In Agca's case, at least, Martella's tactics appear to have paid off. Agca first stonewalled with vague testimony and insisted that he acted alone. After serving less than a year of his life sentence, however, he implicated the Bulgarians and fellow Turks in December 1981 and apparently has talked to Martella ever since.

When Agca's statements are compared to challenges by Antonov's lawyers, however, the impression emerges that Agca has not proved infallible.

In addition to noting the nonexistent door in Antonov's apartment, the Bulgarian's lawyers have produced hotel bills indicating that Antonov's wife Rossitska was already in Yugoslavia en route to Bulgaria when Agca said that she was present in the apartment during one of the Turk's meetings there.

The Antonovs' daughter Ani, who also was named by Agca as having been present, was not in Rome at all during that school year but in Sofia.

Antonov's lawyers have intimated that two Italian secret service officials, who are known to have visited Agca in prison, fed false information to him. The lawyers have suggested that the Italian agents may have shown Agca photographs of Antonov and the two Bulgarians whom he later identified for Martella.

It is unclear why the Italian secret services would seek to frame the Bulgarian in this manner. Italy generally has sought to avoid diplomatic difficulties with East Bloc countries, because of its trade ties with them and because of its powerful domestic Communist Party.

How Martella sifts fact from fancy in Agca's outpourings remains unknown. According to Ugur Mumcu, the Turkish journalist who is perhaps the world's leading expert on Agca, the convicted Turk is at heart a relentless publicity hound.

When Martella last February asked Mumcu to accompany him as an official witness in questioning Agca--because of the journalist's vast knowledge of Turkish terrorism and smuggling--the convicted would-be assassin was delighted, Mumcu later recalled.

"He wanted to know what I was going to write," Mumcu said in an interview in Ankara. "He kept comparing himself to Carlos," the alias used by master terrorist Ilyich Ramos Sanchez, who masterminded the shooting of Israelis at the Munich Olympics in 1972.

Martella himself is widely considered to be a thorough magistrate willing to pursue even the slimmest lead. In a country where so many controversies are left to wither in their murky contradictions, he won this reputation for his meticulous handling of the Lockheed scandal in the late 1970s involving bribes that the U.S. aircraft manufacturer paid to leading Italian politicians.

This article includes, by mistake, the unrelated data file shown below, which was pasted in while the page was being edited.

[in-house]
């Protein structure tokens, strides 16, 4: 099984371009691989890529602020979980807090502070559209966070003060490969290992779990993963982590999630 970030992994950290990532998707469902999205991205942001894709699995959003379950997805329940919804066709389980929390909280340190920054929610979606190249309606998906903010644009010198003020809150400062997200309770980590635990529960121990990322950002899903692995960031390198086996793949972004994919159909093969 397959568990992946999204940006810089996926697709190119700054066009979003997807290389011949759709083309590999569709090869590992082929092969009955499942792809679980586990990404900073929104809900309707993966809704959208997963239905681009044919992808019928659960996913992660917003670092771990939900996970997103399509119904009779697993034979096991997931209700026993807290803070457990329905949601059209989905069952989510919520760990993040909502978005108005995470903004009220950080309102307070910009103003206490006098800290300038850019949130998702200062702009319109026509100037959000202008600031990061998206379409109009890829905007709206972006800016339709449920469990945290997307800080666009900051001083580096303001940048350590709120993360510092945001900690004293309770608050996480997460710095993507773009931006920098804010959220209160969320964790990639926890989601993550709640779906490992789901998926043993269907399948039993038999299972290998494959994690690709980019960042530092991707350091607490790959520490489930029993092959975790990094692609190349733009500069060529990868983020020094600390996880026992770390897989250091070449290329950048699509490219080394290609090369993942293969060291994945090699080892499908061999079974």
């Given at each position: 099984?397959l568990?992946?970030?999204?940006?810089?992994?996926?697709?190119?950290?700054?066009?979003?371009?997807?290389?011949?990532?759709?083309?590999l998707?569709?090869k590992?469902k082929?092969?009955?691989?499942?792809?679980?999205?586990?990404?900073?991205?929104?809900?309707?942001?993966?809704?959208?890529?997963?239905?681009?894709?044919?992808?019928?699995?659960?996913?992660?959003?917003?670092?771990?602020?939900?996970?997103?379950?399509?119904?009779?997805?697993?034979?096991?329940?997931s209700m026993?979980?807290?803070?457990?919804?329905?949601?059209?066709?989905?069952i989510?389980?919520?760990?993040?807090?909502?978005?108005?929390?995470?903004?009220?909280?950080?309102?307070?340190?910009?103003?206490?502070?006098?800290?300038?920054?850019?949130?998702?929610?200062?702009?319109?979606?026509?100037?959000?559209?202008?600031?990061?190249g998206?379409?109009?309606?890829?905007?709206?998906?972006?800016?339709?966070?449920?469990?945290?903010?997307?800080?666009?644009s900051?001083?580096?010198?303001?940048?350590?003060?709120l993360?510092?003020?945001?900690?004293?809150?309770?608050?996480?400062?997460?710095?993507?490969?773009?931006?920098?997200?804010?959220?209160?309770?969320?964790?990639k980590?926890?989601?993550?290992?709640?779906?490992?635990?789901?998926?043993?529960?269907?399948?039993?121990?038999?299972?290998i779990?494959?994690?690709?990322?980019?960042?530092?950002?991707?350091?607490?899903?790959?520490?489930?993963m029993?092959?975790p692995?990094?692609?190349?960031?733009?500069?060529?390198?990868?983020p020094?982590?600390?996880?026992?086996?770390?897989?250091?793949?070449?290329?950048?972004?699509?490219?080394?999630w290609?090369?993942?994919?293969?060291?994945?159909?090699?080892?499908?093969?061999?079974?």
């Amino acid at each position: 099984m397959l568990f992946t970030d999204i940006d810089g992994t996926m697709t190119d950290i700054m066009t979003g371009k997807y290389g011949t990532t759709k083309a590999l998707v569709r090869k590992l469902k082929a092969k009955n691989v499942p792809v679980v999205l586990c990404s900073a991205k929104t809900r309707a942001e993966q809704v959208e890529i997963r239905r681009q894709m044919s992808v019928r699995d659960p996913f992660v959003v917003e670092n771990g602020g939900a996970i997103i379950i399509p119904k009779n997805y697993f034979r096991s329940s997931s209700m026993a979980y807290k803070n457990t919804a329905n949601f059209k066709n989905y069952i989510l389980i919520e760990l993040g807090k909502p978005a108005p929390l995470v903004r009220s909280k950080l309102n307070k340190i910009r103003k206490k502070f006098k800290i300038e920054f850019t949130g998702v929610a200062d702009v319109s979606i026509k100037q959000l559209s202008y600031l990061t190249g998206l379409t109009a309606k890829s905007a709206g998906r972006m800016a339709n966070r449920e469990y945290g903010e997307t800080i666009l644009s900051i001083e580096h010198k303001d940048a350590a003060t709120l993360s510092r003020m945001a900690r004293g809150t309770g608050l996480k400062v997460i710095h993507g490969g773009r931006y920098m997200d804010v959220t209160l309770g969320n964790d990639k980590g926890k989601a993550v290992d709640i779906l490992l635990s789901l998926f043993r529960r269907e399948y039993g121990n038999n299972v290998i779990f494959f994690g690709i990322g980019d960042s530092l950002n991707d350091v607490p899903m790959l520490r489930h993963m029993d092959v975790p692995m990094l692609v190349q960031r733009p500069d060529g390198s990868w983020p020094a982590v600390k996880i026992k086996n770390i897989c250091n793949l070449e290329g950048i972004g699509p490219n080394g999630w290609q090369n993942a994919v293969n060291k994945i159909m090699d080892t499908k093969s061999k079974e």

The magistrate is known to have been furious with the leaks that followed Antonov's arrest Nov. 25. Martella reportedly argued that his investigation, roughly comparable to the workings of a U.S. grand jury, had been compromised seriously by the publicity given to the alleged Bulgarian plot.

In his quest for secrecy ever since, Martella has been aided by the U.S. Embassy here, which now refuses to allow its officer in charge of terrorism investigations to meet the press. It apparently fears involvement after journalists, notably columnist William Safire of The New York Times, virtually accused the U.S. Embassy of suppressing evidence of Bulgarian involvement in a quest to preserve good relations between Washington and Moscow.

The reasoning behind these charges was that the Reagan administration could not afford to point an accusing finger at Yuri Andropov, the current Soviet leader who at the time of the assassination attempt was boss of the KGB. The hypothesis of Soviet involvement rests primarily on the assumption that Bulgaria, perhaps the Kremlin's most loyal ally in Eastern Europe, would not undertake such a major task without at least tacit approval from Moscow.

The plausibility of a Soviet-led plot was bolstered by charges in December by Defense Minister Lelio Lagorio that the attack on the pope constituted a "true act of war in time of peace" aimed at providing a "protective and alternative solution to an invasion of Poland."